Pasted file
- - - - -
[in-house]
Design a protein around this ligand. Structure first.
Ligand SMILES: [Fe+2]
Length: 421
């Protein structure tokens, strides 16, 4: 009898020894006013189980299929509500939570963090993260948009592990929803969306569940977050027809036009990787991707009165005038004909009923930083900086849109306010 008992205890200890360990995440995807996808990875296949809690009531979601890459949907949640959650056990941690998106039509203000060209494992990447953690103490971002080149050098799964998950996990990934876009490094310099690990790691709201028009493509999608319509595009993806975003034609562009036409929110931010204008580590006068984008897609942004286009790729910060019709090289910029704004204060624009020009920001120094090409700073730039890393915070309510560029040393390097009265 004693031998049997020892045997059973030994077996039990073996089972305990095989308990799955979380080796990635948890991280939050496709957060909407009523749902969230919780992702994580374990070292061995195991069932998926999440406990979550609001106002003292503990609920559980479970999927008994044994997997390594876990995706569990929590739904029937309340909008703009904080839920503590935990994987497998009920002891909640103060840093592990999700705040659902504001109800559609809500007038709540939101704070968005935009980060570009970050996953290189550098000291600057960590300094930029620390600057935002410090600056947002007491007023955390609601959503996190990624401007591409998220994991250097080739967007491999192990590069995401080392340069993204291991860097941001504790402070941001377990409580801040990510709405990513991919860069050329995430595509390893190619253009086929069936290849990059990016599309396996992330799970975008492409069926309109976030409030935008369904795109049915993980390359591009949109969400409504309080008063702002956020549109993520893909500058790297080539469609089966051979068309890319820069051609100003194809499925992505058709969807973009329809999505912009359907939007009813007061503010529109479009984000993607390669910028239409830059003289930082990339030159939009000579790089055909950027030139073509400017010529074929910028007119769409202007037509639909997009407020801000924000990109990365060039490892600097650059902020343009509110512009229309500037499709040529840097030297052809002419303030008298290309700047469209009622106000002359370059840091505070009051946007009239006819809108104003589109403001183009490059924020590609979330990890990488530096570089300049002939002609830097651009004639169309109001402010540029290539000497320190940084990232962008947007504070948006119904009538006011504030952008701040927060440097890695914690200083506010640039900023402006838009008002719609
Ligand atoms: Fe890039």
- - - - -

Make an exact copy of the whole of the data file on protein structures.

[in-house]
Design a protein around this ligand. Structure first.
Ligand SMILES: [Fe+2]
Length: 421
């Protein structure tokens, strides 16, 4: 009898020894006013189980299929509500939570963090993260948009592990929803969306569940977050027809036009990787991707009165005038004909009923930083900086849109306010 008992205890200890360990995440995807996808990875296949809690009531979601890459949907949640959650056990941690998106039509203000060209494992990447953690103490971002080149050098799964998950996990990934876009490094310099690990790691709201028009493509999608319509595009993806975003034609562009036409929110931010204008580590006068984008897609942004286009790729910060019709090289910029704004204060624009020009920001120094090409700073730039890393915070309510560029040393390097009265 004693031998049997020892045997059973030994077996039990073996089972305990095989308990799955979380080796990635948890991280939050496709957060909407009523749902969230919780992702994580374990070292061995195991069932998926999440406990979550609001106002003292503990609920559980479970999927008994044994997997390594876990995706569990929590739904029937309340909008703009904080839920503590935990994987497998009920002891909640103060840093592990999700705040659902504001109800559609809500007038709540939101704070968005935009980060570009970050996953290189550098000291600057960590300094930029620390600057935002410090600056947002007491007023955390609601959503996190990624401007591409998220994991250097080739967007491999192990590069995401080392340069993204291991860097941001504790402070941001377990409580801040990510709405990513991919860069050329995430595509390893190619253009086929069936290849990059990016599309396996992330799970975008492409069926309109976030409030935008369904795109049915993980390359591009949109969400409504309080008063702002956020549109993520893909500058790297080539469609089966051979068309890319820069051609100003194809499925992505058709969807973009329809999505912009359907939007009813007061503010529109479009984000993607390669910028239409830059003289930082990339030159939009000579790089055909950027030139073509400017010529074929910028007119769409202007037509639909997009407020801000924000990109990365060039490892600097650059902020343009509110512009229309500037499709040529840097030297052809002419303030008298290309700047469209009622106000002359370059840091505070009051946007009239006819809108104003589109403001183009490059924020590609979330990890990488530096570089300049002939002609830097651009004639169309109001402010540029290539000497320190940084990232962008947007504070948006119904009538006011504030952008701040927060440097890695914690200083506010640039900023402006838009008002719609
Ligand atoms: Fe890039």